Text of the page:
(Bloomberg) — As central banks around the world expand their help to economies hit by the coronavirus pandemic, Czech policy makers can sit tight and let inflation do its work.
After cutting interest rates the most in the European Union this year, the Czech central bank is probably done with easing, Deputy Governor Tomas Nidetzky said in an interview on Monday. It should keep the benchmark at 0.25% for at least a year before considering raising it, he said, as resilient price growth will support a recovery from a virus-triggered recession.
While a resurgence in coronavirus cases is darkening the outlook for the export-reliant economy, the government is keeping unemployment low and propping up household spending, for now. That’s one of the reasons for inflation running above the tolerance range set by the central bank, which has signaled the next move will likely be a hike.
“The current inflationary episode is temporary and will benefit the economy by encouraging consumption, investment and gross domestic product growth when it’s most needed,” Nidetzky said. “It also puts us in a comfortable position in that, unlike the euro zone, we’re not seeing any deflationary pressures and don’t need to implement any unconventional monetary-policy tools.”
The 50-year-old economist and former financial-industry executive praised the combined response of fiscal and monetary policy. Like many countries across Europe, Prime Minister Andrej Babis’s government has subsidized salaries and commercial rents, paid extra bonuses to health-care workers and provided guarantees for cheap business loans.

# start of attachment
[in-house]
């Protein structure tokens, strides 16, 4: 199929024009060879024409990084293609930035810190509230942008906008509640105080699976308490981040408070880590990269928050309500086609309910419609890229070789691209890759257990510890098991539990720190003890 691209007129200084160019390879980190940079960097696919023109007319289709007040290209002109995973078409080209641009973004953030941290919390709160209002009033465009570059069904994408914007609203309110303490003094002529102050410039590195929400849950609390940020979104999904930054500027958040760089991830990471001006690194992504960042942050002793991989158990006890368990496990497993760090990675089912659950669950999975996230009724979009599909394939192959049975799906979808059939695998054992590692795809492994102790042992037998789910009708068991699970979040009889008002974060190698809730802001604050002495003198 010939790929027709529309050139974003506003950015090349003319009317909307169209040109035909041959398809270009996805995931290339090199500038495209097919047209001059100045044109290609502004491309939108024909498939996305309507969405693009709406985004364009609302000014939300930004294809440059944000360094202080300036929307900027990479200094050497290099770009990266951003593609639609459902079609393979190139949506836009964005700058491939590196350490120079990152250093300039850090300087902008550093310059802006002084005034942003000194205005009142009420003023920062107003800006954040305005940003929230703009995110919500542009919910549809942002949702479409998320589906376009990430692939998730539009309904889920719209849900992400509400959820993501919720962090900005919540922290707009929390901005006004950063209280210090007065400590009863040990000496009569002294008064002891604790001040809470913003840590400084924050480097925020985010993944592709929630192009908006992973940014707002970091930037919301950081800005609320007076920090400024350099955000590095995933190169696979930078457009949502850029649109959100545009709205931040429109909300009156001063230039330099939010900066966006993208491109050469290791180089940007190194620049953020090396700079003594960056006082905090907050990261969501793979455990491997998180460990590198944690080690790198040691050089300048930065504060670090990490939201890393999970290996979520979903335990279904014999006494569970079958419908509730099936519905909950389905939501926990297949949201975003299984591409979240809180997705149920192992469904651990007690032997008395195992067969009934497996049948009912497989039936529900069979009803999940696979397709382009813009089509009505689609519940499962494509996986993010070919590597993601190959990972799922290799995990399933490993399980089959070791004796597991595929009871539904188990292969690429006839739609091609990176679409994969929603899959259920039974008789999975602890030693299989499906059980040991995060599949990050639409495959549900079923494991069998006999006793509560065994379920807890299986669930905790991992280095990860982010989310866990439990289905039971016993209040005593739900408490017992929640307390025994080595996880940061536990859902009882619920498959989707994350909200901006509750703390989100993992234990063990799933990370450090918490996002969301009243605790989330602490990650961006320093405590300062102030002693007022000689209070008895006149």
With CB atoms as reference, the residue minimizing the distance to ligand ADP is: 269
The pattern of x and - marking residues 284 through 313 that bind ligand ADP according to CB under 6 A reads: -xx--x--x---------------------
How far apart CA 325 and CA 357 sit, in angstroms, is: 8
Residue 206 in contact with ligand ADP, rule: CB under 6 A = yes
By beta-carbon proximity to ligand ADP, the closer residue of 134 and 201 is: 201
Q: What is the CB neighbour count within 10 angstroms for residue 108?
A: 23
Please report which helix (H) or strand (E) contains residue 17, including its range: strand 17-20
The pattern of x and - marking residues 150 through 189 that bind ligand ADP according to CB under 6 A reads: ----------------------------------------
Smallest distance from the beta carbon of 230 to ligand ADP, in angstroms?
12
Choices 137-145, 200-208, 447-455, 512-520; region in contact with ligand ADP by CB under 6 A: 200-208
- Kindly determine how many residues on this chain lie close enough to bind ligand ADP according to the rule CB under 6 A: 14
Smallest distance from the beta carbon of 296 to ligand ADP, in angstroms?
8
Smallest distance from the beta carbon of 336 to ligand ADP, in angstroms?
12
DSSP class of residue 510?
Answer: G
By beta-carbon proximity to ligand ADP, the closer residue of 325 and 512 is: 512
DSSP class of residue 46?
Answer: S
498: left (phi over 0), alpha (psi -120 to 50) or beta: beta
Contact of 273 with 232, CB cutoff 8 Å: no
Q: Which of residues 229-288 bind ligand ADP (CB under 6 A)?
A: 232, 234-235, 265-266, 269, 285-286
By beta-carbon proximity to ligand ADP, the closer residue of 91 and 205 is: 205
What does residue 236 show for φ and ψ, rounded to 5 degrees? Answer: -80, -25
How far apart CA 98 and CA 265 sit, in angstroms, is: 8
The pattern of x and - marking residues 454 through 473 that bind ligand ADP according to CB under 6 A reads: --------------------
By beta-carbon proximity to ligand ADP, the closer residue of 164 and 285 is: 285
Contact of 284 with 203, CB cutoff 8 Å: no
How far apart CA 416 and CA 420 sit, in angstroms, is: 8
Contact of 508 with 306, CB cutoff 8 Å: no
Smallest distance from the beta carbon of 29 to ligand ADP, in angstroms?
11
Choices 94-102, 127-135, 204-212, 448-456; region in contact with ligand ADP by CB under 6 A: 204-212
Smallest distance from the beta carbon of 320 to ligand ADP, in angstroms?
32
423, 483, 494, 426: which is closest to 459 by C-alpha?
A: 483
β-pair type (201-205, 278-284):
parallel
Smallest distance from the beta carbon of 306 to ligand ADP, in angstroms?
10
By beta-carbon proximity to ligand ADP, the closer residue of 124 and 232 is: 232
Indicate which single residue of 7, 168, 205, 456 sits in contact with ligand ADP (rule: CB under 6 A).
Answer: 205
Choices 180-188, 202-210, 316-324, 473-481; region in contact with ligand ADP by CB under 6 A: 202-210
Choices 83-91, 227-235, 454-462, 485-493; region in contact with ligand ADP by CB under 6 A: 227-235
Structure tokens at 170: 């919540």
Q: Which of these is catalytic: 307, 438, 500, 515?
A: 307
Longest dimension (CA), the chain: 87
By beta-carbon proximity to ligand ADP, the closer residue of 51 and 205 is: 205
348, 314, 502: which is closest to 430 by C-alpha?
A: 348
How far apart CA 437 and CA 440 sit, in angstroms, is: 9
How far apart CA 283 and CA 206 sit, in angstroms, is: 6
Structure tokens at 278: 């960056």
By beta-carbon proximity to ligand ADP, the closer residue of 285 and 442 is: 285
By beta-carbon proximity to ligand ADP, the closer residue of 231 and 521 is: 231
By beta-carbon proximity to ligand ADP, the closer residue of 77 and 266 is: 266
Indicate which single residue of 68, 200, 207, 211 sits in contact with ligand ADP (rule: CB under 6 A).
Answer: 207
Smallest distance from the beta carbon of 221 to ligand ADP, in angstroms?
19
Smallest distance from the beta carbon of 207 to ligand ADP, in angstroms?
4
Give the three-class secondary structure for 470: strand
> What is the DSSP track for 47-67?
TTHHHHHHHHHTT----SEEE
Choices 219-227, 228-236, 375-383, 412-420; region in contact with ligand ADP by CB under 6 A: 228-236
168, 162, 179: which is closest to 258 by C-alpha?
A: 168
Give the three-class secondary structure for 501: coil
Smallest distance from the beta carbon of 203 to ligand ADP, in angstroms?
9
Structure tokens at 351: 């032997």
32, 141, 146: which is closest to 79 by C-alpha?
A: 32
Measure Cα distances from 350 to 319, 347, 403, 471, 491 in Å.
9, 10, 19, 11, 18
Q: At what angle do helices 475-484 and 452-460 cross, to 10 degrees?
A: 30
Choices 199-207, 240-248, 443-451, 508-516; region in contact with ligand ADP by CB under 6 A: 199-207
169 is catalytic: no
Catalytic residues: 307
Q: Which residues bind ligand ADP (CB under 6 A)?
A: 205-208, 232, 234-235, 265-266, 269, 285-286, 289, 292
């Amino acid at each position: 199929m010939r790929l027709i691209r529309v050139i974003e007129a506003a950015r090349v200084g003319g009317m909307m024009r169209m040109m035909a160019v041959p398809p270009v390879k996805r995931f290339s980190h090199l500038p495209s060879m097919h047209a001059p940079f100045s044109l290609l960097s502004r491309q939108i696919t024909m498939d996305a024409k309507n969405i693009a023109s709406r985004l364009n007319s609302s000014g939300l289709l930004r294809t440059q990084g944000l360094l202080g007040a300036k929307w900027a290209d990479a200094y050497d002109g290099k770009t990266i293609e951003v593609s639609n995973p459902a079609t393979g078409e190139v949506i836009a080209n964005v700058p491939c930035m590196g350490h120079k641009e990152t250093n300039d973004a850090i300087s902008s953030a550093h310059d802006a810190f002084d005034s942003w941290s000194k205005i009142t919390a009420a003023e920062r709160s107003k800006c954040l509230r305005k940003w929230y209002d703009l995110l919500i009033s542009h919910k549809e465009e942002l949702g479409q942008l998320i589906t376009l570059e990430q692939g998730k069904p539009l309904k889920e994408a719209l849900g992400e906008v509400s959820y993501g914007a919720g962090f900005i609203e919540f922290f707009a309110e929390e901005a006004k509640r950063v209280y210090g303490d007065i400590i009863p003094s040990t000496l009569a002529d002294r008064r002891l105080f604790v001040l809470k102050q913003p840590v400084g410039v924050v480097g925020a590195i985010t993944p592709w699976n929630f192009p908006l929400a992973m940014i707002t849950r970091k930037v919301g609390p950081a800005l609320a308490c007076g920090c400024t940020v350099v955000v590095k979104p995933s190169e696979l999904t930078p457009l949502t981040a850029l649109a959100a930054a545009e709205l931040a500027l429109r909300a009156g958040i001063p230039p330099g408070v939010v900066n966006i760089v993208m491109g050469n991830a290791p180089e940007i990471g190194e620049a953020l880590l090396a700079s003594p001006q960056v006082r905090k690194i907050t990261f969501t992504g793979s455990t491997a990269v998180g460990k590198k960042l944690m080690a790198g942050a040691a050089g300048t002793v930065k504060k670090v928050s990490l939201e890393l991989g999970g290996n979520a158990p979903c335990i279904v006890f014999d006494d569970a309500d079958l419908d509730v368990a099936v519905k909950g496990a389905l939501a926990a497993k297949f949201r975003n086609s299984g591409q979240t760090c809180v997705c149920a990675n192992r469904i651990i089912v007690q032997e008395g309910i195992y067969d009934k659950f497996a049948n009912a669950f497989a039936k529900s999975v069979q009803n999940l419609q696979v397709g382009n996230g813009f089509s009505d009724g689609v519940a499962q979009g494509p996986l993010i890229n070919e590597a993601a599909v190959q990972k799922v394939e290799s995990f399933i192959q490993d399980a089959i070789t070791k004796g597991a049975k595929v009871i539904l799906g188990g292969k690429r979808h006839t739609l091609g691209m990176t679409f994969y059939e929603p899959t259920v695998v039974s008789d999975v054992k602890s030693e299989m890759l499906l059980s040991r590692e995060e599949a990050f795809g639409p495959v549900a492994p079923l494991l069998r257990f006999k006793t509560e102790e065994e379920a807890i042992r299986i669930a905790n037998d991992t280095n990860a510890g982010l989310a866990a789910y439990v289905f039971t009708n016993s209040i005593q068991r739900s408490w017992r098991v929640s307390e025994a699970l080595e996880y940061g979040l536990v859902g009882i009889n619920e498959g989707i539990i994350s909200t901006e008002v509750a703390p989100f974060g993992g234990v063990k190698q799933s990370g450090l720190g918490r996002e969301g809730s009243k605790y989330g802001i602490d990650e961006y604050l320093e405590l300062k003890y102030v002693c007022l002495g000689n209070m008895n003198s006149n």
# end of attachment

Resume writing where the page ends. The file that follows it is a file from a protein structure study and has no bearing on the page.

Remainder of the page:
“The roll-out was fast, bold and coordinated,” said Nidetzky. “The government is now facing a big challenge as its initial quick blanket stabilization measures need to be followed by more targeted stimulus.”
Despite record daily increases in new infections this month, Babis has pledged to avoid a second full lockdown. Still, the rising uncertainty has prompted money-market investors to scale back bets on the central bank starting to raise rates in the second half of next year.
The quickening spread of Covid-19 is making the central bank’s forecast, which also assumes policy tightening after mid-2021, seem “rather optimistic,” according to Nidetzky. He expects inflation to slow after the current rescue programs are phased out.
“Many of the furloughed workers are de facto already unemployed — their jobs will disappear when the wage subsidies and other government measures expire,” Nidetzky said. “I believe one way the central bank can at least mitigate the high degree of uncertainty is keeping its interest rates stable.”
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